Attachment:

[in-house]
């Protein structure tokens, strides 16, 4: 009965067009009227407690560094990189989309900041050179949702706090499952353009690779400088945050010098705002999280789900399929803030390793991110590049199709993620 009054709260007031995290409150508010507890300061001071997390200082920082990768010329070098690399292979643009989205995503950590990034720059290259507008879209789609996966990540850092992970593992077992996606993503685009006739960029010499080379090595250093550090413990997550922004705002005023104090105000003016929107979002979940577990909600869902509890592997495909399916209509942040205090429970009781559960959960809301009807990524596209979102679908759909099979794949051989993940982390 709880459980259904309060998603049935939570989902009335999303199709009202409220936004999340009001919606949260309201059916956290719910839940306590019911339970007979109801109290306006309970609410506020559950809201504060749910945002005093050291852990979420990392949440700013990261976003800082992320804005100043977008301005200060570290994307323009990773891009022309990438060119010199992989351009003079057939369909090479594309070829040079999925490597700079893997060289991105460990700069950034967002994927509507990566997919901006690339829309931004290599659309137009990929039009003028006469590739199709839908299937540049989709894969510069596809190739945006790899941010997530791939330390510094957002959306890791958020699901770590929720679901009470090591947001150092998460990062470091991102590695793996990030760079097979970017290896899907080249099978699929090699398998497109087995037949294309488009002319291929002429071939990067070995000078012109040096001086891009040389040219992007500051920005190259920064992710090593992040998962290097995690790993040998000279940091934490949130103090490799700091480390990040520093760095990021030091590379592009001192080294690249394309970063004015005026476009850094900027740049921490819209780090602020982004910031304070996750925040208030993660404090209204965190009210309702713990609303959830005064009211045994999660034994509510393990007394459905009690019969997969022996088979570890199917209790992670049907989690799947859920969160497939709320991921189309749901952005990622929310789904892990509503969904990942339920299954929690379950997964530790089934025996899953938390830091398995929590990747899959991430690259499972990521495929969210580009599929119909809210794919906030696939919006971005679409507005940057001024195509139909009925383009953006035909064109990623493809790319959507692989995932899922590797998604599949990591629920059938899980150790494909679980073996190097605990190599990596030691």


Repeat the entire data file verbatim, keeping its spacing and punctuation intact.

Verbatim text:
[in-house]
């Protein structure tokens, strides 16, 4: 009965067009009227407690560094990189989309900041050179949702706090499952353009690779400088945050010098705002999280789900399929803030390793991110590049199709993620 009054709260007031995290409150508010507890300061001071997390200082920082990768010329070098690399292979643009989205995503950590990034720059290259507008879209789609996966990540850092992970593992077992996606993503685009006739960029010499080379090595250093550090413990997550922004705002005023104090105000003016929107979002979940577990909600869902509890592997495909399916209509942040205090429970009781559960959960809301009807990524596209979102679908759909099979794949051989993940982390 709880459980259904309060998603049935939570989902009335999303199709009202409220936004999340009001919606949260309201059916956290719910839940306590019911339970007979109801109290306006309970609410506020559950809201504060749910945002005093050291852990979420990392949440700013990261976003800082992320804005100043977008301005200060570290994307323009990773891009022309990438060119010199992989351009003079057939369909090479594309070829040079999925490597700079893997060289991105460990700069950034967002994927509507990566997919901006690339829309931004290599659309137009990929039009003028006469590739199709839908299937540049989709894969510069596809190739945006790899941010997530791939330390510094957002959306890791958020699901770590929720679901009470090591947001150092998460990062470091991102590695793996990030760079097979970017290896899907080249099978699929090699398998497109087995037949294309488009002319291929002429071939990067070995000078012109040096001086891009040389040219992007500051920005190259920064992710090593992040998962290097995690790993040998000279940091934490949130103090490799700091480390990040520093760095990021030091590379592009001192080294690249394309970063004015005026476009850094900027740049921490819209780090602020982004910031304070996750925040208030993660404090209204965190009210309702713990609303959830005064009211045994999660034994509510393990007394459905009690019969997969022996088979570890199917209790992670049907989690799947859920969160497939709320991921189309749901952005990622929310789904892990509503969904990942339920299954929690379950997964530790089934025996899953938390830091398995929590990747899959991430690259499972990521495929969210580009599929119909809210794919906030696939919006971005679409507005940057001024195509139909009925383009953006035909064109990623493809790319959507692989995932899922590797998604599949990591629920059938899980150790494909679980073996190097605990190599990596030691």